letterHealth Care is in the Toilet! By Marie-Jeanne Cadle - I am still trying to get over the absurd implication by Mr. Peter Jensen a few months ago that un/underinsured people will somehow dirty his private toilet as he refers to his current health care. Mr. Jensen is also worried that access to health care by these apparently dirty individuals like myself, will somehow limit his access. I can assure Mr. Jensen that people such as myself; un/underinsured, will never have the opportunity to soil his precious private health care because 1) Mr. Jensen is Native American and has health care provided at tax payer expense that will never be available to the un/underinsured non-natives and 2) Mr. Jensen is military and has health care proved at tax payer expense that will never be available to un/underinsured non-military. - More...
Monday PM - November 02, 2009

letterWard Cove by Rob Holston - I appreciate the information provided by the Ward Cove PIEER Group. Your idea of "..designting sections for appropriate uses." is in agreement with the Ward Cove Focus Group meeting Oct. 13, that called for the KGB to subdivide and offer for sale in a way compatible with community needs & economic development. I will be presenting the Loggerville Small Boat Harbor Business Plan at the next PLEADAC meeting the evening of Nov. 4, 2009. Anyone wanting to view plan details prior to the meeting, please email me. Plan Summary to follow: - More...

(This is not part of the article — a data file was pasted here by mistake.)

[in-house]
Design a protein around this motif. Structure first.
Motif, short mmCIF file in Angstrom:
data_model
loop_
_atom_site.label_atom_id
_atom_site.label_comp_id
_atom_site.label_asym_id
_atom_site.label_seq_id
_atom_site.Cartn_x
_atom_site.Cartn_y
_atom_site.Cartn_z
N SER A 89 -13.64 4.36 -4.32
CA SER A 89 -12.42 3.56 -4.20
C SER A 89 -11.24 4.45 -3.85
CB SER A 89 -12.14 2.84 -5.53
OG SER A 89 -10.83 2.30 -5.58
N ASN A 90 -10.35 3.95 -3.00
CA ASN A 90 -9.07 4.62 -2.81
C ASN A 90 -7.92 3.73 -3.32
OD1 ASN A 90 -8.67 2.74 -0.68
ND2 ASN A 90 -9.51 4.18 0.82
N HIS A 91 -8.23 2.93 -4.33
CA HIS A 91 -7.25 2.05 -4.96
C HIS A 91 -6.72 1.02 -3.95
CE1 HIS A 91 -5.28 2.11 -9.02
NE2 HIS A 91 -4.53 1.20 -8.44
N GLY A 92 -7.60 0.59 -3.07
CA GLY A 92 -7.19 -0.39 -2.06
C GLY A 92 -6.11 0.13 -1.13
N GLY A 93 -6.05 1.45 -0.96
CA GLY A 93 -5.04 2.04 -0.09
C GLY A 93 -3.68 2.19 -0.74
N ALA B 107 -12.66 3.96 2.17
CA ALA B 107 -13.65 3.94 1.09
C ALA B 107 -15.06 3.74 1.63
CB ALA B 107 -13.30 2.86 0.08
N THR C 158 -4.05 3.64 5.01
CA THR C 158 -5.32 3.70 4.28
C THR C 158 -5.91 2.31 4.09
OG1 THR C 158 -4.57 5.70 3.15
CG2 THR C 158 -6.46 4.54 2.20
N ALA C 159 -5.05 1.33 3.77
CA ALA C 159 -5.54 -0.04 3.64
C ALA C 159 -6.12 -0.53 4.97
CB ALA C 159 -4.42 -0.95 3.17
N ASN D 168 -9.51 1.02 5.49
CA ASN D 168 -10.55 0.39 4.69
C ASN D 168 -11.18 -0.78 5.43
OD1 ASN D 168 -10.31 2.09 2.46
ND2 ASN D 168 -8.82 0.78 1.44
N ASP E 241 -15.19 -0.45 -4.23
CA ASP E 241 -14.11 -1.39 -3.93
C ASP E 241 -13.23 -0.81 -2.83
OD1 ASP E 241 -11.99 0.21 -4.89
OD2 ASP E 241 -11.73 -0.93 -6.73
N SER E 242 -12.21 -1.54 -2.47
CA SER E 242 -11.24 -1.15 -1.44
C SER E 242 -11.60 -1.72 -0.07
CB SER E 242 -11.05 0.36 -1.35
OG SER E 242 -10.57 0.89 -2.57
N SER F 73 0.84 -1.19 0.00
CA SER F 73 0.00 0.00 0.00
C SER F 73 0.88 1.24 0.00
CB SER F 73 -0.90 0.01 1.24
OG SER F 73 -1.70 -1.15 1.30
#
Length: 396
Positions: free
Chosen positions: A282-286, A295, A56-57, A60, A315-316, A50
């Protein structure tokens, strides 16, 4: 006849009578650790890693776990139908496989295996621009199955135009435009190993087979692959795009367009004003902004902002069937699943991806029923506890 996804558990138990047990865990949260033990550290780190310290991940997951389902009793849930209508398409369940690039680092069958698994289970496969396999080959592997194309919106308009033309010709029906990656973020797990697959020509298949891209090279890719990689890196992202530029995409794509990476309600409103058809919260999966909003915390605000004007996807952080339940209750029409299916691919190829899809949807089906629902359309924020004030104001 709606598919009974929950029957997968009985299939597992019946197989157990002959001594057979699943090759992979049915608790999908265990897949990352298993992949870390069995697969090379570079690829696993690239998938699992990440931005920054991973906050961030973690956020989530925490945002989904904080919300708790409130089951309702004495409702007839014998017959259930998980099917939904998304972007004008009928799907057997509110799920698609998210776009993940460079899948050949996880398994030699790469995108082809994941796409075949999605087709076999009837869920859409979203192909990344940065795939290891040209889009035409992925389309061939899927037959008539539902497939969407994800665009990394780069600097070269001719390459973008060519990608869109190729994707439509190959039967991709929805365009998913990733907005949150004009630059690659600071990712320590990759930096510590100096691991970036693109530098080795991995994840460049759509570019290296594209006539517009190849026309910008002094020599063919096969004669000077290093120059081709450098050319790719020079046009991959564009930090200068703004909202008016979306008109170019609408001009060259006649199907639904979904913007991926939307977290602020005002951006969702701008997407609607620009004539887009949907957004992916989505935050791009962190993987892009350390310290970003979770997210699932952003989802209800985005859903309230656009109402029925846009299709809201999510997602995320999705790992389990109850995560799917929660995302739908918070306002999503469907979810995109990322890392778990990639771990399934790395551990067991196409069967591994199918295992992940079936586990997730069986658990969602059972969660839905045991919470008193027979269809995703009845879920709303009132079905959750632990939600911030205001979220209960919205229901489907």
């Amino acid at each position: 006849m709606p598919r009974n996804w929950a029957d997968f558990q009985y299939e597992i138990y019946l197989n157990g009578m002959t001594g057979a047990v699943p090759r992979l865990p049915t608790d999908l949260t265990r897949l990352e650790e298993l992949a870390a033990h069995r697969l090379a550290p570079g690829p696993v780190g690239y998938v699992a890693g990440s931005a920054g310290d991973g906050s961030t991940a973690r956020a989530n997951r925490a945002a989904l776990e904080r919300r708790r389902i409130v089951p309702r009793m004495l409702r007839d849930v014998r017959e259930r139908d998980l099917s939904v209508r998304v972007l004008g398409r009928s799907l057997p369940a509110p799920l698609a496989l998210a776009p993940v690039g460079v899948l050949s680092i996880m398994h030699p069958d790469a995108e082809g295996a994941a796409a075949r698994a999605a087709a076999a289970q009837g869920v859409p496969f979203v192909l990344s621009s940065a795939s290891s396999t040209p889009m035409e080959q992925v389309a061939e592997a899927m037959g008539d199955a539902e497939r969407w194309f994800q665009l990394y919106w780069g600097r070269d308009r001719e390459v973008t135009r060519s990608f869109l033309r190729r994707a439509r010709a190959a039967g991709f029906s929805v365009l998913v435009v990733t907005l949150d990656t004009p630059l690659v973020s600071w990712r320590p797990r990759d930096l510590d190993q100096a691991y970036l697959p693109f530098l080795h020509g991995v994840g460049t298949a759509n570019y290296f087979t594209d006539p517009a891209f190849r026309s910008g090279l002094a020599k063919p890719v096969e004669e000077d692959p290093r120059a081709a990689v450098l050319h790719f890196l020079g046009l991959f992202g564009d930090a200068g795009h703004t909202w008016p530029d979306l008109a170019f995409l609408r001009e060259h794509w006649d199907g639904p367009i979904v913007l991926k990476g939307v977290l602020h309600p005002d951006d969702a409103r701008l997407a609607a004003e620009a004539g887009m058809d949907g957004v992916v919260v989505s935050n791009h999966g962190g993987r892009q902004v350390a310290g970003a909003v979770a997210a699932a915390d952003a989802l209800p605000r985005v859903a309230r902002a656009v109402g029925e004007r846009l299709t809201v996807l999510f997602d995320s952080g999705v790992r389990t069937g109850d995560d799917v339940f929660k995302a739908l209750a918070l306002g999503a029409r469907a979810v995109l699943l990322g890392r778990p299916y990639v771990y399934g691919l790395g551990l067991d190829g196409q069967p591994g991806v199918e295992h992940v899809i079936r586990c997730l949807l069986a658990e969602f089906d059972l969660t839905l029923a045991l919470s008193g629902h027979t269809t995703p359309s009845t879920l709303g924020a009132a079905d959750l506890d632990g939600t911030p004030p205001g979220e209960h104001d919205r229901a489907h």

Monday PM - November 02, 2009

letterWard Cove By Don Borders - What's next in the on going saga of local government mismanagement? It's been eleven years ago that the Ward Cove Pulp Plant shut down and then average incomes for the area dropped extremely low. It's only been from outside help from the federal legislators and departments like Homeland Security that have influxed the local incomes to regenerate the revenue which fuels the two local governments through the taxation of the populous. (Walmart helped also, however it's the next to the smallest store they have.) Boys and Girls, it is time to quit playing games and get the property back on to the tax roles. - More...